Andy explains, “For this site, we drew inspiration from the existing architecture of the old building, a relatively ornate neo-baroque style. We reimagined the space by studying similar buildings of the same age for inspiration. For example, the floor pattern at the entrance of the members’ lobby is a reimagining of a floor we found in a building of similar age in Bank. Other design elements were drawn from Soho itself, capturing its gritty edge and bohemian nature. We also incorporated the client’s brand and existing signage. It was a matter of taking that starting point and infusing the gritty and bohemian elements of Soho into the space.”
The Georgian, Sunset Bar, designed by Fettle Studio
In the United States, Tom recently undertook a project creating The Georgian Hotel in Santa Monica, a stunning 1933 art deco building overlooking the Pacific. It is a historic building by LA standards and Fettle deemed it crucial for the interior to harmonize with the breath-taking blue art deco exterior.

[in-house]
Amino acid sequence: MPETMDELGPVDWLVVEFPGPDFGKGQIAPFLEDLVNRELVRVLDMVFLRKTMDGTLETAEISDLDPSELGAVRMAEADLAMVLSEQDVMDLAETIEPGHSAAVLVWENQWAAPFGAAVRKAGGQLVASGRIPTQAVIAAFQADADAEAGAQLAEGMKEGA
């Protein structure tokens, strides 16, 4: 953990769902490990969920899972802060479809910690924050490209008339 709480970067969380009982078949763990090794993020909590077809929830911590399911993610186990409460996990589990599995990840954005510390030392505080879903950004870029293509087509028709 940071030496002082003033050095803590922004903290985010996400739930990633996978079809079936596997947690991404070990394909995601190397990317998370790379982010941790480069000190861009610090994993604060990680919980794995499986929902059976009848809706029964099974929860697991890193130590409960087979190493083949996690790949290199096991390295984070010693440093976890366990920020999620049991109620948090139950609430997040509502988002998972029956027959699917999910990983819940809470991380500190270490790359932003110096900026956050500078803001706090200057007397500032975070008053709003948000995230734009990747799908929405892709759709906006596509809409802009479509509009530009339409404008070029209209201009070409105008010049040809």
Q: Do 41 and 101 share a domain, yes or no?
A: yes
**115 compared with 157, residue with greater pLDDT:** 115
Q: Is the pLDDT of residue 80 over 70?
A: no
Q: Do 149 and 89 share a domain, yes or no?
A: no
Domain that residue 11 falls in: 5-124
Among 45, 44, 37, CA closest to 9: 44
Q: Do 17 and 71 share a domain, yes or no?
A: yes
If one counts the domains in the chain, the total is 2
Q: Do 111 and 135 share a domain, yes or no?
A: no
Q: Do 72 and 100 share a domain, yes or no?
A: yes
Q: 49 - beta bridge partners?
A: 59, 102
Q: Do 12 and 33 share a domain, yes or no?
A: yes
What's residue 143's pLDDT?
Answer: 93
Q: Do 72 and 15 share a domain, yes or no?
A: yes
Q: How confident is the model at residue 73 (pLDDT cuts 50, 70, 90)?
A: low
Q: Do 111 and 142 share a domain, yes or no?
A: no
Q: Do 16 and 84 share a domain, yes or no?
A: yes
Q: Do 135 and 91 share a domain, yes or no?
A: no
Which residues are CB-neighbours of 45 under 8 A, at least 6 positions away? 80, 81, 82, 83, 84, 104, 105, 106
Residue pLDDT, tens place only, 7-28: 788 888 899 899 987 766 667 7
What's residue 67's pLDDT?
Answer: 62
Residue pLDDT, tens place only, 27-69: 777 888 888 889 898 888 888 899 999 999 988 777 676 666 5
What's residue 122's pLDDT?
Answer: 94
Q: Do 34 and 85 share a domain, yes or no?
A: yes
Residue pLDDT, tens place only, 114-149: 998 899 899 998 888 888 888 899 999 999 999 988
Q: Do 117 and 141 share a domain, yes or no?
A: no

Tom describes, “There was a strong Latin influence, with motif work characterized by bold, geometric patterns. Tile motif inlays adorn the bar, and a custom floor mosaic welcomes guests in the lobby. Subtle touches throughout the space establish a connection between the interior and the exterior.”
The Georgian, Suite, designed by Fettle Studio
The Georgian Hotel was created and funded by one of the first female developers on the West Coast, Rosamond Borde. The overall colour palettes and textures draw inspiration from this historical context and exhibit a more feminine touch. Furthermore, the design narrative reflects the forward-thinking nature of the hotel’s clientele.